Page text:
For all of its idiosyncrasies, Justice quickly eclipsed the success of Master of Puppets upon its release. This was in large part due to the overwhelming popularity of the power ballad “One.” With lyrics based on the gruesome antiwar novel Johnny Got His Gun and accompanied by a disturbing video (the band's first) that featured clips from the 1971 film adaptation of the book, the song made Metallica unlikely MTV darlings. Nominated for a Grammy in the category of "Best Hard Rock/Heavy Metal," Metallica infamously lost out to aging British rockers Jethro Tull. Talk about disturbing.
But …And Justice for All is not significant for these moments of mainstream triumph. Rather, it is a remarkably raw and uncompromising document of a band exorcising their demons, as well as the sound of thrash metal pioneers taking the music they helped to create as far as possible before washing their hands clean of the whole damn thing for good.
WHAT THEY SAID James Hetfield: “The idea for the opening on ‘One’ came from a Venom song called ‘Buried Alive.’ The kick drum machine-gun part at the end wasn’t written with the war lyrics in mind, it just came out that way.”
Kirk Hammett: “I had only eight days to record all my leads for the album because we were heading out on the Monsters of Rock tour. With ‘One,’ the first solo went fine, but I had trouble with the second lead. I did the third one in a couple of hours. I worked out the tapping thing at the beginning, and from there it flowed very well, I think because I was so pissed off about the second solo.”
11) Cowboys From Hell, 1990 (Pantera)
The first Pantera record to be heard by anyone outside of the Lone Star State, Cowboys from Hell was also the first to fully capture the hard-swinging, head-pummeling interplay of guitarist Diamond Darrell (soon to be renamed Dimebag) and his older brother, drummer Vinnie Paul. Songs like “Primal Concrete Sledge,” “Cemetery Gates” and “Cowboys from Hell” kicked shit and kicked ass in equal measures, while Dime’s soulful shredding and Texas-sized riffs served notice that here indeed was a young gunslinger to be reckoned with. This was extreme metal before the term existed.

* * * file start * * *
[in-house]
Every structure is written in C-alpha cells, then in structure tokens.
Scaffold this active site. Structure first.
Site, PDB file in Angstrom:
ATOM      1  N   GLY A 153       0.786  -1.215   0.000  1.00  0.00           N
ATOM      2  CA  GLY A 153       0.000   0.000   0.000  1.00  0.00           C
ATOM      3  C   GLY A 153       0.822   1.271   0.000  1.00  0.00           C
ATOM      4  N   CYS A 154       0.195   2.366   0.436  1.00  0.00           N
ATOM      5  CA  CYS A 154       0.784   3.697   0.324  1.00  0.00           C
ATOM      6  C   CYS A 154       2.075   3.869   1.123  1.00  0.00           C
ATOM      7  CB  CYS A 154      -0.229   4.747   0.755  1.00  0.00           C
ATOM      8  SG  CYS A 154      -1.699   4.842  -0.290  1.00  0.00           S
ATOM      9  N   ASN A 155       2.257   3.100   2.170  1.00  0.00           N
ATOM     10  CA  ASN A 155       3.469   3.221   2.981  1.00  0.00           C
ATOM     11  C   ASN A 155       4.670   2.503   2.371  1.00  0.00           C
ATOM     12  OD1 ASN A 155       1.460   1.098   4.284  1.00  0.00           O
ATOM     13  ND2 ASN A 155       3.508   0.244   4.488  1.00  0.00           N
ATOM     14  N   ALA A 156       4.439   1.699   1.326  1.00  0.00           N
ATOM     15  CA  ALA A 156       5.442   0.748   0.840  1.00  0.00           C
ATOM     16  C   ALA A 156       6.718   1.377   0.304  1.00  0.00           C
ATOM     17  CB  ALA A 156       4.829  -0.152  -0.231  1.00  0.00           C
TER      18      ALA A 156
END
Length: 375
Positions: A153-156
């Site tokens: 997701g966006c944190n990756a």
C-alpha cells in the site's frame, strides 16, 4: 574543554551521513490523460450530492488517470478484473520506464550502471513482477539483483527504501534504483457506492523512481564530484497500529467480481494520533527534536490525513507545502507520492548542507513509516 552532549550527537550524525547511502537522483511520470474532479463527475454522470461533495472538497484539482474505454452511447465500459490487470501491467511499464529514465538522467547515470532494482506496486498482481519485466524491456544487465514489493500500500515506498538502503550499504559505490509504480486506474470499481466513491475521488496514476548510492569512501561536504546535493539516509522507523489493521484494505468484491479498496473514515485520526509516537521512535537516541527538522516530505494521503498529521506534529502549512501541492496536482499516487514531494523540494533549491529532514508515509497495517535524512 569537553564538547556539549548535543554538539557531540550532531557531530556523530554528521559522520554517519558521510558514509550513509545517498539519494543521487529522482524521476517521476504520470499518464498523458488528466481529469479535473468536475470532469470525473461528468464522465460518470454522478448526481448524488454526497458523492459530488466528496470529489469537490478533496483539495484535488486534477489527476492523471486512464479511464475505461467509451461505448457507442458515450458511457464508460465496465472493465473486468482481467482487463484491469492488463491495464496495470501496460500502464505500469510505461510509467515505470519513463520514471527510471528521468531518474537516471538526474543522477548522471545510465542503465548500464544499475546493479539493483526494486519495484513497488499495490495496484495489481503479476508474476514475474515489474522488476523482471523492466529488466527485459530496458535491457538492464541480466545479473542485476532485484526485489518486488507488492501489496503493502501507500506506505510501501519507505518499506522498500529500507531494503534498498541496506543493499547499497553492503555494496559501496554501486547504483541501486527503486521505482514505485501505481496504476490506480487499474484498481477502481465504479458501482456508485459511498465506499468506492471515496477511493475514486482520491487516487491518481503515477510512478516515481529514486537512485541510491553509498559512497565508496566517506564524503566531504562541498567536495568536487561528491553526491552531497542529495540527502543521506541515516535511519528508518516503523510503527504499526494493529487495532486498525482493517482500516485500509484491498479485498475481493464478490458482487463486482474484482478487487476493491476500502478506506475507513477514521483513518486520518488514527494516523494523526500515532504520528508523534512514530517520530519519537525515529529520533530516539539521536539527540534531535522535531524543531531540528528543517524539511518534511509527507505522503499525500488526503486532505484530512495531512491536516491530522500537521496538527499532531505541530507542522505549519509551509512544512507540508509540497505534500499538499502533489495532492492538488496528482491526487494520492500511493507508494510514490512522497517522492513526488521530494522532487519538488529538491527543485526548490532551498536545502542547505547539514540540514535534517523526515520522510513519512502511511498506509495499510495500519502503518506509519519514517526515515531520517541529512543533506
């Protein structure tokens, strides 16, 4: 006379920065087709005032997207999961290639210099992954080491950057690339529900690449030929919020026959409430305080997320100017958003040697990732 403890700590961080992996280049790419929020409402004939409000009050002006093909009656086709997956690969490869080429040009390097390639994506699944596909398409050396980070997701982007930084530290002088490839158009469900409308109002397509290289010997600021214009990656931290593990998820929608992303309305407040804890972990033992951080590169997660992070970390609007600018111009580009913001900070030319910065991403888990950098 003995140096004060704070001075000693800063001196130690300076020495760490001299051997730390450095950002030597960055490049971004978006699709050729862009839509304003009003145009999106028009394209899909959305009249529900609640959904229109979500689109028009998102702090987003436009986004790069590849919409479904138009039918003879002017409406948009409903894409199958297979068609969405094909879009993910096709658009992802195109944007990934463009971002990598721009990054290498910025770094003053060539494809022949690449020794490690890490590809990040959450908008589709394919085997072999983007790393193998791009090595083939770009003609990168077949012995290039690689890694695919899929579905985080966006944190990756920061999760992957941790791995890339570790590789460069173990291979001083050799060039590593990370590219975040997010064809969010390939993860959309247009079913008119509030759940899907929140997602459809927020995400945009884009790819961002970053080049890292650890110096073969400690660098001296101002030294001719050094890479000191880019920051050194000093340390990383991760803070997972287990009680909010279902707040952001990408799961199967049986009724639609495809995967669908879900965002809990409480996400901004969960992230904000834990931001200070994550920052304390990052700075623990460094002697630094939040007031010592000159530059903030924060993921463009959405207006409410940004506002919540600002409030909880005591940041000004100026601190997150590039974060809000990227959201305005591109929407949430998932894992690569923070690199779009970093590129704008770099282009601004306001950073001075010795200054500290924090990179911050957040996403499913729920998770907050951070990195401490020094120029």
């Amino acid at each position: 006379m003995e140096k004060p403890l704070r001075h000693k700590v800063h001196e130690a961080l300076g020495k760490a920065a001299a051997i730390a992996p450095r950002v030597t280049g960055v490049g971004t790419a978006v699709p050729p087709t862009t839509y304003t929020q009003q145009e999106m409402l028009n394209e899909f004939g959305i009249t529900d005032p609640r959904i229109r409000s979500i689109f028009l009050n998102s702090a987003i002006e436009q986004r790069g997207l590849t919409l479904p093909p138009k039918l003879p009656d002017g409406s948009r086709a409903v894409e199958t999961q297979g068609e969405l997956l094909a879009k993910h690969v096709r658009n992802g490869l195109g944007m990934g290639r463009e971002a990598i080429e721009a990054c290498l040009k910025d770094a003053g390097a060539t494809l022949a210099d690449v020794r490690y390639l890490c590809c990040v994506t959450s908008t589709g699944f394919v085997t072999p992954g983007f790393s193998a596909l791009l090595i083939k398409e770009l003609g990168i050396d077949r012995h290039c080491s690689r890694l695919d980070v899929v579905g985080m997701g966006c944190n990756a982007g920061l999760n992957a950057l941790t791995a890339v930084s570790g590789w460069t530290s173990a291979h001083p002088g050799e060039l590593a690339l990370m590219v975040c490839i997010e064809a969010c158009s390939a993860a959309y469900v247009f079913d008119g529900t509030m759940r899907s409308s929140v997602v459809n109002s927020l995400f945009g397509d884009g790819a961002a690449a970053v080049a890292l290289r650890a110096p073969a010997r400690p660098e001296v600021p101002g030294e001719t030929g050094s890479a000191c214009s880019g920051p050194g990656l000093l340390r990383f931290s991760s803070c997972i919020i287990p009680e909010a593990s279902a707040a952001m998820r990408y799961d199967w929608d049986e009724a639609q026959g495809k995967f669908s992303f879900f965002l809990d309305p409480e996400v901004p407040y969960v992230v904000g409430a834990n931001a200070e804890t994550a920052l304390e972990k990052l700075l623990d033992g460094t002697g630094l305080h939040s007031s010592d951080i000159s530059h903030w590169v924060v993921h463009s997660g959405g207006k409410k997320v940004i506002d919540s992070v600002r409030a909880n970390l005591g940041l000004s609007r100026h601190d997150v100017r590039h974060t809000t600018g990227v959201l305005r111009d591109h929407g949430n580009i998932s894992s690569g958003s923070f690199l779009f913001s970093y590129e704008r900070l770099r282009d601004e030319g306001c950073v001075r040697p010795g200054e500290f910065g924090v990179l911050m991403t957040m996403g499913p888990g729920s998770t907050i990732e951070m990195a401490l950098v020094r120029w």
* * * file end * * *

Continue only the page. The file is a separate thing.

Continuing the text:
WHAT THEY SAID Terry Date, Cowboys producer: “I think we won’t see another guitar player with Dime’s kind of creativity and passion for his instrument for a long, long time, if ever.”
10) Revolver, 1966 (The Beatles)
The Beatles had already altered the course of music forever by the time they set out to record Revolver. What they had yet to do was create an album that reflected their growth and maturity as composers and recording artists. Revolver filled that void, and did so in remarkable fashion, reflecting both the band members’ emerging consciousness, via LSD, and the changing cultural landscape. Pop art, drugs, free love, Dylan, politics, the I Ching, the sounds of the Far East and the West Coast—Revolver refracted these influences, and more, with such stunning alacrity that it was hard to tell which was moving faster, society or the Beatles. The studio innovations used to create Revolver loom large in Beatles lore. What lasts, however, are the songs: “Taxman,” “Here, There and Everywhere,” and the endlessly fascinating “Tomorrow Never Knows” are standouts in rock’s first bona fide work of art.
WHAT THEY SAID John Lennon: “We’d had acid on Revolver. Everybody is under this illusion—even George Martin was saying, ‘Pepper was their first acid album.’ But we’d had acid, including Paul, by the time Revolver was finished.”